The cult of Gauchito Gil has been extended from the Province of Corrientes to the rest of the country, among other province of Chaco, Santa Fe, Córdoba, Mendoza, Buenos Aires province and even in the Federal Capital and Province of Tierra del Fuego.[5] Shrines of Gauchito Gil, characterized by having flags and red ribbons are also shrines throughout urban and rural roads of the Argentina. The faithful of the Gauchito Gil often also are of San La Muerte since its history is strongly linked to this one.

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UPDATED TEXT AND PHOTOS> Headwind Into Cordoba.

Tuesday, September 25th, 2012

Tuesday 25th Taking a rest day in Cordoba. Spent the whole morning being interviewed by the Irish Examiner. Details of the publication date at a later stage,

Monday was a tough run. But a pleasurable run. Sunday I had a glorious 48km day with a tailwind for most of the way. I was a bit disappointed when I finished early in Jesus Maria as such tailwind days are rare and I was still full of running-  there was still more daylight time – and wouldn’t have minded an extra hour or twos running.

Just before Jesus Maria town I stopped to take refuge at a bus shelter and put my feet up for a while as it was pretty hot that day.

Today, I didn’t get started till very late as the woman in the hotel I stayed in  in Jesus Maria didn’t turn up this morning till 11.00am. The trouble was I had washed my clothes which she had hung them up to dry for me in a locked off area! She neglected to tell me that she didn’t live there!

Maybe she hit the bottle after helping me up the stairs with Nirvana. I knocked over her flower pot and then told her the soft drinks were on me! Then I asked her if she would be here in the morning to help me down, what a nerve, what a gentleman.

No worries... The soft drinks are on me!

 I think I will get a compact canvas hold-all bag for taking the heavy stuff up stairs to lighten Nirvana for going up stairs in future. Also I can use the empty bag as a body liner for Nirvana when I am on the road.

Once out on the road I ran almost the whole 55km into a very strong headwind, so strong it was even blowing over fences along the highway.

The wind was so strong it blew down fences! Argentina doesn't do hard shoulders as you can see!

 There was very little decent shoulder  for me to run on, mostly gravel and grass. The traffic on this section of road to Cordoba was incredibly hectic, perhaps one of the busiest sections of road on the entire world run. I battled on pushing Nirvana as I went. Most of the earlier hours seemed to be uphill  slightly, hard to tell running into such fierce wind.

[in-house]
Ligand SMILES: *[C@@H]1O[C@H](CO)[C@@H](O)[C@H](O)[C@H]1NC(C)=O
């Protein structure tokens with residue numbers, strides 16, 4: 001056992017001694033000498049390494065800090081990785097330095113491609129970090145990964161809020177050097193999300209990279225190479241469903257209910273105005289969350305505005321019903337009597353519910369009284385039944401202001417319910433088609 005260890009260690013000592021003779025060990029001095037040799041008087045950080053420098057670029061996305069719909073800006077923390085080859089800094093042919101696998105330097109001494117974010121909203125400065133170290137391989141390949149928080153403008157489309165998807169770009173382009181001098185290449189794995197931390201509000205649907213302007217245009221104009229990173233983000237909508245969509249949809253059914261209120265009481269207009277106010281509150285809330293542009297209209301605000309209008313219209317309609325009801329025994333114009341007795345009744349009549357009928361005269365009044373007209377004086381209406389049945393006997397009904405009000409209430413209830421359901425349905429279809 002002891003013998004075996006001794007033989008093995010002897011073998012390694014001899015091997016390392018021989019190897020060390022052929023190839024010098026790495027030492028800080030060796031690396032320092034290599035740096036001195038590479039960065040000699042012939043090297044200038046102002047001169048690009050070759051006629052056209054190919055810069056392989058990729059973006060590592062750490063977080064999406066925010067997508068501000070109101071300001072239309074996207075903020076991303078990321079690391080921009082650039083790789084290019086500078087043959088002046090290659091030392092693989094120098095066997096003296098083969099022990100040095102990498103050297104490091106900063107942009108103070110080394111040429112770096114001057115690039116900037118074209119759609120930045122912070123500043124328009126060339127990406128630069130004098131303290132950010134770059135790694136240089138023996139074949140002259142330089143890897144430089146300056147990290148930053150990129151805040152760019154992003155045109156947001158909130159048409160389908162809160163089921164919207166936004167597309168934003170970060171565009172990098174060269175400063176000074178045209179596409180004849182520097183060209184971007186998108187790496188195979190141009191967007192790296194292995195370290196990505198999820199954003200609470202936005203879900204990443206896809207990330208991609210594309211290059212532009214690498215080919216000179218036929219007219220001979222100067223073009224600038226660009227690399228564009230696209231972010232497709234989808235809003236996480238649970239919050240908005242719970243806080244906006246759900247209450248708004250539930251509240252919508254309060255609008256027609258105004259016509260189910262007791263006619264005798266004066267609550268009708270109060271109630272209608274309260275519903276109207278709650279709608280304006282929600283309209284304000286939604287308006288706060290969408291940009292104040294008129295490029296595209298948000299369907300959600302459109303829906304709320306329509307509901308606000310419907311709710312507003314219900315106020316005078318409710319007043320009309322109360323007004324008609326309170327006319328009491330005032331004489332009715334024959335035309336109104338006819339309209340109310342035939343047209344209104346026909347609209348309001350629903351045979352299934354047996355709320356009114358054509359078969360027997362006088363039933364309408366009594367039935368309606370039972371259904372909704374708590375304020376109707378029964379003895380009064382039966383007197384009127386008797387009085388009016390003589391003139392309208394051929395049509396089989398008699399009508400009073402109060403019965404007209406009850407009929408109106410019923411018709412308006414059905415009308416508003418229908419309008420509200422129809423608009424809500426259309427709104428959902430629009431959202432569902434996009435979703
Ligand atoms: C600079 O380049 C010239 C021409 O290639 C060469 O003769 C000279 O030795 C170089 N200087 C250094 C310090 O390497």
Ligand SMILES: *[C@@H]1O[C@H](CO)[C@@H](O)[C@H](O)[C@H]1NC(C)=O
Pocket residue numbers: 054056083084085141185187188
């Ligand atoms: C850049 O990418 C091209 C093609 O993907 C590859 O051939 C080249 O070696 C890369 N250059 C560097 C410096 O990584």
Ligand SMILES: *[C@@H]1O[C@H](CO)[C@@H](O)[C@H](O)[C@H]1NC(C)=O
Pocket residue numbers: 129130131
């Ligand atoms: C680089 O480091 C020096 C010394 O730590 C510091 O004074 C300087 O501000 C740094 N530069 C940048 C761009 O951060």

The day was cool, pretty cool even cold at times, I would settle for that anytime.

On I ran, running almost non stop except for a very late lunch at a nice comedor. Steak, eggs and chips. My progress was slow, but progressive. I am enjoying the running now so much, more now than in the last year. I am now very much motivated for big, big days. The body is holding up well, I feel I can up the tempo anytime I want. Things are just nice now. Eventually I made it across the Siquia river and on into the heart of  Cordoba, Argentina’s 2nd city, a city of some 1,300,000 inhabitants, many of them Italian immigrants.

Cordoba is very much a rugby area with some 20 rugby clubs. I spoke to one man wondering if Cordoba was a famous wine producing area… We are famous for wine he laughed, but not for it’s production, we are famous for drinking it!

While I was waiting for the lady this morning I checked out the backpackers hostel on hostels.com which Clayton from my last blog recommended to me. It was full. So I booked another one, a really nice place called Che Salguero Youth Hostel near the bus terminal. The beauty of booking it was that I knew where I was going tonight as it was so late when I arrived that the last thing I would have wanted would have been trying to hunt down a place to stay. From Googlemaps I drew out my map on the back of a business card. It was very easy to find, just about an hours run down J.B. Justo avenue across about 40 city blocks, the hardest part was getting Nirvana up and down so many pavements. I ran on the road when it was safe in the busy city.

These backpacker hostels are usually full of interesting characters, so nice to speak English again with someone other than myself :)

There is always a very friendly spirit, I can relax for a night knowing my possessions will be safe as I  have never heard of anything been stolen from a backpackers hostel, despite people leaving their laptops and mobile phones etc lying around. Also the cost is very competitive and I would have been expecting to pay double had I stayed elsewhere. Often breakfast is included along with free wi-fi.

55km run today. Total: 21,864km for 524 road days.

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Saturday, September 22nd, 2012
Update Sunday 23rd.  Total to date: 21,809km for 523 road days. Average per day = 41.7km
48km today, Sunday. Felt strong all day